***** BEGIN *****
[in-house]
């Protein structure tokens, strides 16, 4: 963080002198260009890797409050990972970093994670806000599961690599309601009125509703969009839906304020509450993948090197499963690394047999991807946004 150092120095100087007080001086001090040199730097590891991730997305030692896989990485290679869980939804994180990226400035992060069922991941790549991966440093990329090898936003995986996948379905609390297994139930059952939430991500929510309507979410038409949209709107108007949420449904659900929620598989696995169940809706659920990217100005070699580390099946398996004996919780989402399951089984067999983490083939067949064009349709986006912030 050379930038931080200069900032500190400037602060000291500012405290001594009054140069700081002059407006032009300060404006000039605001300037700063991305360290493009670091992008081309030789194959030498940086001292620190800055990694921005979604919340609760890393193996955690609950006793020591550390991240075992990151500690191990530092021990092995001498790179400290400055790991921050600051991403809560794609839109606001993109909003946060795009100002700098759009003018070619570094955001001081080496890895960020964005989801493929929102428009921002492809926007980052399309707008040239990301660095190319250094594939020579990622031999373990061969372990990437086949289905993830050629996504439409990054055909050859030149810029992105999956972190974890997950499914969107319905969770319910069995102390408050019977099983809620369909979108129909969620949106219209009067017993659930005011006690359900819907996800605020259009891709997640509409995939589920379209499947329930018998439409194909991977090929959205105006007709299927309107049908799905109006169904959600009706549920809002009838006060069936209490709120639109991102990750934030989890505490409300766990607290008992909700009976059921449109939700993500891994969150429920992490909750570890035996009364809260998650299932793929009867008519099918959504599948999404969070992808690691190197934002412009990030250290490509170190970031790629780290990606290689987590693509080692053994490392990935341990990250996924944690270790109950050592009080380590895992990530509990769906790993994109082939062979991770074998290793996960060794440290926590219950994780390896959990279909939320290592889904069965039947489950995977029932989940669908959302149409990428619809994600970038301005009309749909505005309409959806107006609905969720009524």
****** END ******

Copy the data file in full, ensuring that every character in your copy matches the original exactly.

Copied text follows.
[in-house]
């Protein structure tokens, strides 16, 4: 963080002198260009890797409050990972970093994670806000599961690599309601009125509703969009839906304020509450993948090197499963690394047999991807946004 150092120095100087007080001086001090040199730097590891991730997305030692896989990485290679869980939804994180990226400035992060069922991941790549991966440093990329090898936003995986996948379905609390297994139930059952939430991500929510309507979410038409949209709107108007949420449904659900929620598989696995169940809706659920990217100005070699580390099946398996004996919780989402399951089984067999983490083939067949064009349709986006912030 050379930038931080200069900032500190400037602060000291500012405290001594009054140069700081002059407006032009300060404006000039605001300037700063991305360290493009670091992008081309030789194959030498940086001292620190800055990694921005979604919340609760890393193996955690609950006793020591550390991240075992990151500690191990530092021990092995001498790179400290400055790991921050600051991403809560794609839109606001993109909003946060795009100002700098759009003018070619570094955001001081080496890895960020964005989801493929929102428009921002492809926007980052399309707008040239990301660095190319250094594939020579990622031999373990061969372990990437086949289905993830050629996504439409990054055909050859030149810029992105999956972190974890997950499914969107319905969770319910069995102390408050019977099983809620369909979108129909969620949106219209009067017993659930005011006690359900819907996800605020259009891709997640509409995939589920379209499947329930018998439409194909991977090929959205105006007709299927309107049908799905109006169904959600009706549920809002009838006060069936209490709120639109991102990750934030989890505490409300766990607290008992909700009976059921449109939700993500891994969150429920992490909750570890035996009364809260998650299932793929009867008519099918959504599948999404969070992808690691190197934002412009990030250290490509170190970031790629780290990606290689987590693509080692053994490392990935341990990250996924944690270790109950050592009080380590895992990530509990769906790993994109082939062979991770074998290793996960060794440290926590219950994780390896959990279909939320290592889904069965039947489950995977029932989940669908959302149409990428619809994600970038301005009309749909505005309409959806107006609905969720009524």